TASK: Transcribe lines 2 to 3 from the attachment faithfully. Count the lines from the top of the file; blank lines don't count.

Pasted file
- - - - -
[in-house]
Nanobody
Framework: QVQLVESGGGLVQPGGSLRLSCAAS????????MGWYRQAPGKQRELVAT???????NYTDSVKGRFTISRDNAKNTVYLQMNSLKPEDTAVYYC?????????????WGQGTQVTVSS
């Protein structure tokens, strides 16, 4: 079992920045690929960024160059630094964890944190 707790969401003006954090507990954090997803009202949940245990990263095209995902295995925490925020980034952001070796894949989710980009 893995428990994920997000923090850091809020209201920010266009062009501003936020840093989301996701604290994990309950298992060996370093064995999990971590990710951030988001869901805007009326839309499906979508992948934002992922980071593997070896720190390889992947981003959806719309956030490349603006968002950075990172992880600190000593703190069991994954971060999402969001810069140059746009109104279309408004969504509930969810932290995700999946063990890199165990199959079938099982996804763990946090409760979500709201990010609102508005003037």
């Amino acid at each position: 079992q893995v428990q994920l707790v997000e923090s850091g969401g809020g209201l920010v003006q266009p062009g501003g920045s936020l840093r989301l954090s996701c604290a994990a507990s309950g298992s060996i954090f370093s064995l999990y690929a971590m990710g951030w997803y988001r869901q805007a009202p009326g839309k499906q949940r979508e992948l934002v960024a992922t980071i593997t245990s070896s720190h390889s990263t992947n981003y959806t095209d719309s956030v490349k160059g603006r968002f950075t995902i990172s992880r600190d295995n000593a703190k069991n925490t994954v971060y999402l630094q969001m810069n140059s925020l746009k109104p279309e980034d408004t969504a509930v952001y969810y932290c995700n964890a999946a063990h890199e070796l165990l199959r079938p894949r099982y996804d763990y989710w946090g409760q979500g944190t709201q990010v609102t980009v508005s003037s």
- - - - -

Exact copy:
Nanobody
Framework: QVQLVESGGGLVQPGGSLRLSCAAS????????MGWYRQAPGKQRELVAT???????NYTDSVKGRFTISRDNAKNTVYLQMNSLKPEDTAVYYC?????????????WGQGTQVTVSS